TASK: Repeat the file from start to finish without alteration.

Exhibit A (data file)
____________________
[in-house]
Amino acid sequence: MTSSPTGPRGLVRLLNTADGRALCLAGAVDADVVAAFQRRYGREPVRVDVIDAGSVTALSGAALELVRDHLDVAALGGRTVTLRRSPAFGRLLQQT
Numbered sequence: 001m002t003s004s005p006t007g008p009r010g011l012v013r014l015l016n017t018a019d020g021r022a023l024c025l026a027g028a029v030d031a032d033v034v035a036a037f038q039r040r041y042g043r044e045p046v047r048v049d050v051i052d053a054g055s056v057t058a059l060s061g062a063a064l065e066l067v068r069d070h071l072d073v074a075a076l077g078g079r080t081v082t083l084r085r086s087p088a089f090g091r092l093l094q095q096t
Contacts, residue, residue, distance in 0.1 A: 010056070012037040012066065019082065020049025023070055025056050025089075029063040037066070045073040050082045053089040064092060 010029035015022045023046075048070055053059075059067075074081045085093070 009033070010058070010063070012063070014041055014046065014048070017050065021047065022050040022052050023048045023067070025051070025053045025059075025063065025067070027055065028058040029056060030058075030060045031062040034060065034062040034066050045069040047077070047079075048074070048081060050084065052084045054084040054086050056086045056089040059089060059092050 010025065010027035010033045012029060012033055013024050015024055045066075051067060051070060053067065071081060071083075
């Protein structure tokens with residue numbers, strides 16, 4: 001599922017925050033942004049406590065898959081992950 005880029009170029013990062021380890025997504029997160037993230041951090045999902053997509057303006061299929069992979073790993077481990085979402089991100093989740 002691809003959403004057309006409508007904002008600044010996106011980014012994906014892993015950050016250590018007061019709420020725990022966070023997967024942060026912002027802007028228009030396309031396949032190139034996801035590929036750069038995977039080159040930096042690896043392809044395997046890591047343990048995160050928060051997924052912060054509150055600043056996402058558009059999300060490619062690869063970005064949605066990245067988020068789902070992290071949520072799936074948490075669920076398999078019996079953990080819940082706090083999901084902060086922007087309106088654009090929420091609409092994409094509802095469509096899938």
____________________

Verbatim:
[in-house]
Amino acid sequence: MTSSPTGPRGLVRLLNTADGRALCLAGAVDADVVAAFQRRYGREPVRVDVIDAGSVTALSGAALELVRDHLDVAALGGRTVTLRRSPAFGRLLQQT
Numbered sequence: 001m002t003s004s005p006t007g008p009r010g011l012v013r014l015l016n017t018a019d020g021r022a023l024c025l026a027g028a029v030d031a032d033v034v035a036a037f038q039r040r041y042g043r044e045p046v047r048v049d050v051i052d053a054g055s056v057t058a059l060s061g062a063a064l065e066l067v068r069d070h071l072d073v074a075a076l077g078g079r080t081v082t083l084r085r086s087p088a089f090g091r092l093l094q095q096t
Contacts, residue, residue, distance in 0.1 A: 010056070012037040012066065019082065020049025023070055025056050025089075029063040037066070045073040050082045053089040064092060 010029035015022045023046075048070055053059075059067075074081045085093070 009033070010058070010063070012063070014041055014046065014048070017050065021047065022050040022052050023048045023067070025051070025053045025059075025063065025067070027055065028058040029056060030058075030060045031062040034060065034062040034066050045069040047077070047079075048074070048081060050084065052084045054084040054086050056086045056089040059089060059092050 010025065010027035010033045012029060012033055013024050015024055045066075051067060051070060053067065071081060071083075
């Protein structure tokens with residue numbers, strides 16, 4: 001599922017925050033942004049406590065898959081992950 005880029009170029013990062021380890025997504029997160037993230041951090045999902053997509057303006061299929069992979073790993077481990085979402089991100093989740 002691809003959403004057309006409508007904002008600044010996106011980014012994906014892993015950050016250590018007061019709420020725990022966070023997967024942060026912002027802007028228009030396309031396949032190139034996801035590929036750069038995977039080159040930096042690896043392809044395997046890591047343990048995160050928060051997924052912060054509150055600043056996402058558009059999300060490619062690869063970005064949605066990245067988020068789902070992290071949520072799936074948490075669920076398999078019996079953990080819940082706090083999901084902060086922007087309106088654009090929420091609409092994409094509802095469509096899938």